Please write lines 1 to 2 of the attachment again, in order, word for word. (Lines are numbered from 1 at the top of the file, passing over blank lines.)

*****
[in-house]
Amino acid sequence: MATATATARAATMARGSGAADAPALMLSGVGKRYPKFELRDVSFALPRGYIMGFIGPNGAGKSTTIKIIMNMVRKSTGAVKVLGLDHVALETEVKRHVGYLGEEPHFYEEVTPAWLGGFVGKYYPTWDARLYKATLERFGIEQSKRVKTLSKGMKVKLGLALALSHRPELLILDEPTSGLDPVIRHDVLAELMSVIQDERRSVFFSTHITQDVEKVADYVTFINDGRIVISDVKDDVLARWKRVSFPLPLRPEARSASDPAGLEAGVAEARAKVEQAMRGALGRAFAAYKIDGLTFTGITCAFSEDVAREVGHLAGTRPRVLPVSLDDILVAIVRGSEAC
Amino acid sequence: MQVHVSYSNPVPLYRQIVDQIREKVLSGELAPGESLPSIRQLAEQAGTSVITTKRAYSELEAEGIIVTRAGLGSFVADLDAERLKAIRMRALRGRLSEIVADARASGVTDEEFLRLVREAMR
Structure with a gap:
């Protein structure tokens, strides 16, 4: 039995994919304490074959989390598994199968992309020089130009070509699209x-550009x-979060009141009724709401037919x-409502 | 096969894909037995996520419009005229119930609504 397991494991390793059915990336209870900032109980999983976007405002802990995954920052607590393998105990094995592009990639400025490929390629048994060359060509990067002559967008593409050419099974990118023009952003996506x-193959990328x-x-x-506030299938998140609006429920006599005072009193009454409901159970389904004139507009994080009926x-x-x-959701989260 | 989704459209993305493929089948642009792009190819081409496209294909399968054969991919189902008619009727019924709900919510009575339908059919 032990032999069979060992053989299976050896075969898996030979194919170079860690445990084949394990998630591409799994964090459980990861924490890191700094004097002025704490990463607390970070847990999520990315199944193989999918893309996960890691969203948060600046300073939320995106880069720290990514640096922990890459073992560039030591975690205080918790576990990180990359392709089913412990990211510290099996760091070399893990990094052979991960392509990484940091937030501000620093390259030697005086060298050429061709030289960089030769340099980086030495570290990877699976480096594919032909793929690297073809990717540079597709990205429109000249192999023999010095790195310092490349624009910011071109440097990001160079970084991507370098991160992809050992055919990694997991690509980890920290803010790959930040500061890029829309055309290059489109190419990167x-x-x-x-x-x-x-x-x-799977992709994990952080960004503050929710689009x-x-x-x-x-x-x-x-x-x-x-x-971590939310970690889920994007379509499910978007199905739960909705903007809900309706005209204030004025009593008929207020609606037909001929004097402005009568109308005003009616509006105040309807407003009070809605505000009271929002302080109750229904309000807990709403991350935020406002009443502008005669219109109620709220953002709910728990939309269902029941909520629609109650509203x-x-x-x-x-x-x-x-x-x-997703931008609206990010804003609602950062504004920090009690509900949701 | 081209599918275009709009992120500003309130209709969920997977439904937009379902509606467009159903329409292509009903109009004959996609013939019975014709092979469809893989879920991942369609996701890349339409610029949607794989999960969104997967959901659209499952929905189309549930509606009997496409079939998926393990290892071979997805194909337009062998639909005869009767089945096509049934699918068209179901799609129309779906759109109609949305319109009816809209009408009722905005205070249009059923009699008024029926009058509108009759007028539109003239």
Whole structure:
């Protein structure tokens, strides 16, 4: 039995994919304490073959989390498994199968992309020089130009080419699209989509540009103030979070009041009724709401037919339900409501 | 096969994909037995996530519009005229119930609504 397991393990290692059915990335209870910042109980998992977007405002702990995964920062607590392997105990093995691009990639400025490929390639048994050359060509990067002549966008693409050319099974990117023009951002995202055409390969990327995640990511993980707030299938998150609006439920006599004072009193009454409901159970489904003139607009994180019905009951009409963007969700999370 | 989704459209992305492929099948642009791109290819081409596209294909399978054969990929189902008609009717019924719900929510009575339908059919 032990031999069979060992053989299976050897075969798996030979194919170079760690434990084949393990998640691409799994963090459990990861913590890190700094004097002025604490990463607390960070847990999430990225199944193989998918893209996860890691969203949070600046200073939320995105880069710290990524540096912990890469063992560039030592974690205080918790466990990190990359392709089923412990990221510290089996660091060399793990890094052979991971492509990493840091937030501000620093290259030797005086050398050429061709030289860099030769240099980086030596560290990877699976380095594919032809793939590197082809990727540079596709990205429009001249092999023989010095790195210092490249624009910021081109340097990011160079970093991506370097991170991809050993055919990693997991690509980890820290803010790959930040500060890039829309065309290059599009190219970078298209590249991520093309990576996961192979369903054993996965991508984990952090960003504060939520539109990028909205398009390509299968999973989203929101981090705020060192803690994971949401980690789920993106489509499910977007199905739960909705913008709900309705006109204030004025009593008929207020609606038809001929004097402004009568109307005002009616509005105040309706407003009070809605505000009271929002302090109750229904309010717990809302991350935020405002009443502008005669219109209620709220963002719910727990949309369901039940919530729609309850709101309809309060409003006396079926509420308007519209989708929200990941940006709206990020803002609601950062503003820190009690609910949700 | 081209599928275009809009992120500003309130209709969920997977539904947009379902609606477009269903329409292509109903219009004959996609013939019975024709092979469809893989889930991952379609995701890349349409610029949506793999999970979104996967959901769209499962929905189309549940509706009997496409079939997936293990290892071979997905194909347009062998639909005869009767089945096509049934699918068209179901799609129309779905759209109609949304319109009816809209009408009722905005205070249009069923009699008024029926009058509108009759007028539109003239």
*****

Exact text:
[in-house]
Amino acid sequence: MATATATARAATMARGSGAADAPALMLSGVGKRYPKFELRDVSFALPRGYIMGFIGPNGAGKSTTIKIIMNMVRKSTGAVKVLGLDHVALETEVKRHVGYLGEEPHFYEEVTPAWLGGFVGKYYPTWDARLYKATLERFGIEQSKRVKTLSKGMKVKLGLALALSHRPELLILDEPTSGLDPVIRHDVLAELMSVIQDERRSVFFSTHITQDVEKVADYVTFINDGRIVISDVKDDVLARWKRVSFPLPLRPEARSASDPAGLEAGVAEARAKVEQAMRGALGRAFAAYKIDGLTFTGITCAFSEDVAREVGHLAGTRPRVLPVSLDDILVAIVRGSEAC